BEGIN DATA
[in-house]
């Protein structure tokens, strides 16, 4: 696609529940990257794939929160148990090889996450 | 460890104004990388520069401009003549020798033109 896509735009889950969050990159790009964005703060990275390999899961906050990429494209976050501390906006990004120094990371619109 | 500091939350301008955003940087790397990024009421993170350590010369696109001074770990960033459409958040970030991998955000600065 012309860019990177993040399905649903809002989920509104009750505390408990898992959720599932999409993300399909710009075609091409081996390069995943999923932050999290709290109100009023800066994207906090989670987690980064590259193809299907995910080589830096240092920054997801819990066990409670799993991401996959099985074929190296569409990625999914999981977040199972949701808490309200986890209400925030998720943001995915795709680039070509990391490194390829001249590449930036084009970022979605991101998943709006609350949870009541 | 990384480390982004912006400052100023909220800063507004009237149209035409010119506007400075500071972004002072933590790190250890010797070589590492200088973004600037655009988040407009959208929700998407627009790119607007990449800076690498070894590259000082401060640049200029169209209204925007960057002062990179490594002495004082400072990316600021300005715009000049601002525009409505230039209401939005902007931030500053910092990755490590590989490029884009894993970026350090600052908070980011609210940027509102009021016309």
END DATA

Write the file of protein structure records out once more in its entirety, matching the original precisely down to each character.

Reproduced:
[in-house]
């Protein structure tokens, strides 16, 4: 696609529940990257794939929160148990090889996450 | 460890104004990388520069401009003549020798033109 896509735009889950969050990159790009964005703060990275390999899961906050990429494209976050501390906006990004120094990371619109 | 500091939350301008955003940087790397990024009421993170350590010369696109001074770990960033459409958040970030991998955000600065 012309860019990177993040399905649903809002989920509104009750505390408990898992959720599932999409993300399909710009075609091409081996390069995943999923932050999290709290109100009023800066994207906090989670987690980064590259193809299907995910080589830096240092920054997801819990066990409670799993991401996959099985074929190296569409990625999914999981977040199972949701808490309200986890209400925030998720943001995915795709680039070509990391490194390829001249590449930036084009970022979605991101998943709006609350949870009541 | 990384480390982004912006400052100023909220800063507004009237149209035409010119506007400075500071972004002072933590790190250890010797070589590492200088973004600037655009988040407009959208929700998407627009790119607007990449800076690498070894590259000082401060640049200029169209209204925007960057002062990179490594002495004082400072990316600021300005715009000049601002525009409505230039209401939005902007931030500053910092990755490590590989490029884009894993970026350090600052908070980011609210940027509102009021016309």